A judge said a thug could have killed his neighbour in a vicious hammer attack following a row over loud music.
Joshua Walker attacked his victim with a hammer after he complained that loud music was disturbing his sick child.
The neighbour needed hospital treatment to put staples in three cuts in his head caused by Walker, 21, with a claw hammer.
Jamie Robinson, 32, had told him that his nine-year-old son had suffered a seizure in their flat next door in Hartlepool which was being bombarded with loud music.
Prosecutor Emma Atkinson told Teesside Crown Court that he texted Walker at 9.15pm on June 12 appealing for him to turn down the racket.
But Walker texted back: "Knock on the door and say something."
Eventually he went next door where he was confronted by Walker. The men grappled and Walker was armed with a hammer.
Mr Robinson said that he was struck repeatedly on the head with the hammer and he had three lacerations, one of them deep.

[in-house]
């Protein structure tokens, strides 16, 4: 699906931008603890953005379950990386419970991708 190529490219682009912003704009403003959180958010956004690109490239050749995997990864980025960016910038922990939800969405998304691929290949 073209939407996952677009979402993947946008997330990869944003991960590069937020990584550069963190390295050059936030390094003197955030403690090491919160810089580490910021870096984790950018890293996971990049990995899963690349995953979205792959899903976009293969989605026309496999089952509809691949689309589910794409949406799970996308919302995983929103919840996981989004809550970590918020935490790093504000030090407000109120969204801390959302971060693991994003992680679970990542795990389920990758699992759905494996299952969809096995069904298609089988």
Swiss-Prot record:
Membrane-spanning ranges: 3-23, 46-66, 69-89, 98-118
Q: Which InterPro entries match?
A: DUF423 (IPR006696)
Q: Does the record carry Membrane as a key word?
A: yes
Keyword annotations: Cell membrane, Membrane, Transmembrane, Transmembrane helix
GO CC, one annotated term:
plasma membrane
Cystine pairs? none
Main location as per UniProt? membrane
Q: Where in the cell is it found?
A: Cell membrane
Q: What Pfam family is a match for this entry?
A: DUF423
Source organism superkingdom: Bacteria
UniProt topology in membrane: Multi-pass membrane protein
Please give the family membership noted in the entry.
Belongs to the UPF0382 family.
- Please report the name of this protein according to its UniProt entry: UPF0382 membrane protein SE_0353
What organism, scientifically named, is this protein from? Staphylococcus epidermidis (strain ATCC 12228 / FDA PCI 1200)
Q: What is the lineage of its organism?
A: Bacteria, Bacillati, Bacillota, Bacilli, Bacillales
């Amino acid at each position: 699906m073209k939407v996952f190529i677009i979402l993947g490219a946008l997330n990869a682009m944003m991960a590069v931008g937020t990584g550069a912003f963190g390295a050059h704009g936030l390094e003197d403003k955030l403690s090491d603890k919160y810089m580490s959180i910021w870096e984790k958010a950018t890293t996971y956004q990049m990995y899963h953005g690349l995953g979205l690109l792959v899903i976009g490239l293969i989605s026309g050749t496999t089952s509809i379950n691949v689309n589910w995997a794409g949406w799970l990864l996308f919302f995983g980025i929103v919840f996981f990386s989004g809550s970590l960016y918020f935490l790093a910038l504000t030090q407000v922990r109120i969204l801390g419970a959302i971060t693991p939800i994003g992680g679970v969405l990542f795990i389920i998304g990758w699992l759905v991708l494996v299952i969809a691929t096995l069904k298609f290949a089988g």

He tried to escape into the street and Walker shouted after him: "You're a grass and I'm going to have you."
Miss Atkinson said Mr Robinson reported that it had affected his mental health and he was no longer confident leaving home. He said that his son was having nightmares as a result of seeing his father covered in blood.
Walker was interviewed and he made no reply. The hammer and a baseball bat which was wielded by a teenage girl in the incident were not recovered.
A 17-year-old girl who cannot be identified for legal reasons was later given a youth rehabilitation order after she admitted an affray.
Stephen Constantine, defending Walker who appeared over a videolink from Holme House Prison, said that Mr Robinson, who was a big man, seemed angry when he appeared at his door and Walker picked up the hammer with the intention of assaulting him first.
Mr Constantine said: "He accepts that he went over the top, he was using the hammer to effect some DIY repairs.
"He has lost his accommodation and he accepts that he will have to start afresh when he is released."
The judge told Walker that an immediate prison sentence was inevitable for the attack.
Judge Tony Briggs said: "A possible fatal injury could have been caused but happily on that occasion this did not happen."
Walker, of Borrowdale Street, Hartlepool, was jailed for 21 months after he pleaded guilty to inflicting grievous bodily harm and possessing an offensive weapon.